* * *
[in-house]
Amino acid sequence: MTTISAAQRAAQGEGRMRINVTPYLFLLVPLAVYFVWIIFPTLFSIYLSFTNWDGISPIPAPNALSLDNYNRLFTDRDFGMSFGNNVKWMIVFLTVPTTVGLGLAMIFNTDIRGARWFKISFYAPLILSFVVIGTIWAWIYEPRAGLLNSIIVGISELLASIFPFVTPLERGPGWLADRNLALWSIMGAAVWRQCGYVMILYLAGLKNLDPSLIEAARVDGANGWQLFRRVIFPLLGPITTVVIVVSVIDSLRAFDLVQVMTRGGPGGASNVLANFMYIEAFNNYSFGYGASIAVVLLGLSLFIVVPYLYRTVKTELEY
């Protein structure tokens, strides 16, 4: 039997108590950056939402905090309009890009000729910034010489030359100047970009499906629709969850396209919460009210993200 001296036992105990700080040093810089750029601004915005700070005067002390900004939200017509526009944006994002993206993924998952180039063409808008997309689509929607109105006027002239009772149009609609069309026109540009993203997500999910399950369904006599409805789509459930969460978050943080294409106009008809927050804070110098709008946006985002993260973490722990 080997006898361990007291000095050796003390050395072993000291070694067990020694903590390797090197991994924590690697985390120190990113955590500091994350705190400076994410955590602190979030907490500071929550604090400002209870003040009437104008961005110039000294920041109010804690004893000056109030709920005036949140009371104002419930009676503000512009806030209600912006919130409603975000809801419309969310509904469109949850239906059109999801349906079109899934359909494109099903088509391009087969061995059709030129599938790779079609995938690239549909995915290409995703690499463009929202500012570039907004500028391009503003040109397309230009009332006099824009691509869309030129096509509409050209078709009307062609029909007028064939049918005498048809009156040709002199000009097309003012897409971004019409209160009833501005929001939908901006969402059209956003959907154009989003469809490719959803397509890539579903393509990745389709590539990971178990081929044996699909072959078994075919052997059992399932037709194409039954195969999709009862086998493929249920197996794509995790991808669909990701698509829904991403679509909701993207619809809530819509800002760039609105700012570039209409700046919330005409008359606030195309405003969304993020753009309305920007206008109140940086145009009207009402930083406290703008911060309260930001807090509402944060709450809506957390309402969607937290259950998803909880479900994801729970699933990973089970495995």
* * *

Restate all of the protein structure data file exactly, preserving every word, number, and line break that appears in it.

[in-house]
Amino acid sequence: MTTISAAQRAAQGEGRMRINVTPYLFLLVPLAVYFVWIIFPTLFSIYLSFTNWDGISPIPAPNALSLDNYNRLFTDRDFGMSFGNNVKWMIVFLTVPTTVGLGLAMIFNTDIRGARWFKISFYAPLILSFVVIGTIWAWIYEPRAGLLNSIIVGISELLASIFPFVTPLERGPGWLADRNLALWSIMGAAVWRQCGYVMILYLAGLKNLDPSLIEAARVDGANGWQLFRRVIFPLLGPITTVVIVVSVIDSLRAFDLVQVMTRGGPGGASNVLANFMYIEAFNNYSFGYGASIAVVLLGLSLFIVVPYLYRTVKTELEY
């Protein structure tokens, strides 16, 4: 039997108590950056939402905090309009890009000729910034010489030359100047970009499906629709969850396209919460009210993200 001296036992105990700080040093810089750029601004915005700070005067002390900004939200017509526009944006994002993206993924998952180039063409808008997309689509929607109105006027002239009772149009609609069309026109540009993203997500999910399950369904006599409805789509459930969460978050943080294409106009008809927050804070110098709008946006985002993260973490722990 080997006898361990007291000095050796003390050395072993000291070694067990020694903590390797090197991994924590690697985390120190990113955590500091994350705190400076994410955590602190979030907490500071929550604090400002209870003040009437104008961005110039000294920041109010804690004893000056109030709920005036949140009371104002419930009676503000512009806030209600912006919130409603975000809801419309969310509904469109949850239906059109999801349906079109899934359909494109099903088509391009087969061995059709030129599938790779079609995938690239549909995915290409995703690499463009929202500012570039907004500028391009503003040109397309230009009332006099824009691509869309030129096509509409050209078709009307062609029909007028064939049918005498048809009156040709002199000009097309003012897409971004019409209160009833501005929001939908901006969402059209956003959907154009989003469809490719959803397509890539579903393509990745389709590539990971178990081929044996699909072959078994075919052997059992399932037709194409039954195969999709009862086998493929249920197996794509995790991808669909990701698509829904991403679509909701993207619809809530819509800002760039609105700012570039209409700046919330005409008359606030195309405003969304993020753009309305920007206008109140940086145009009207009402930083406290703008911060309260930001807090509402944060709450809506957390309402969607937290259950998803909880479900994801729970699933990973089970495995």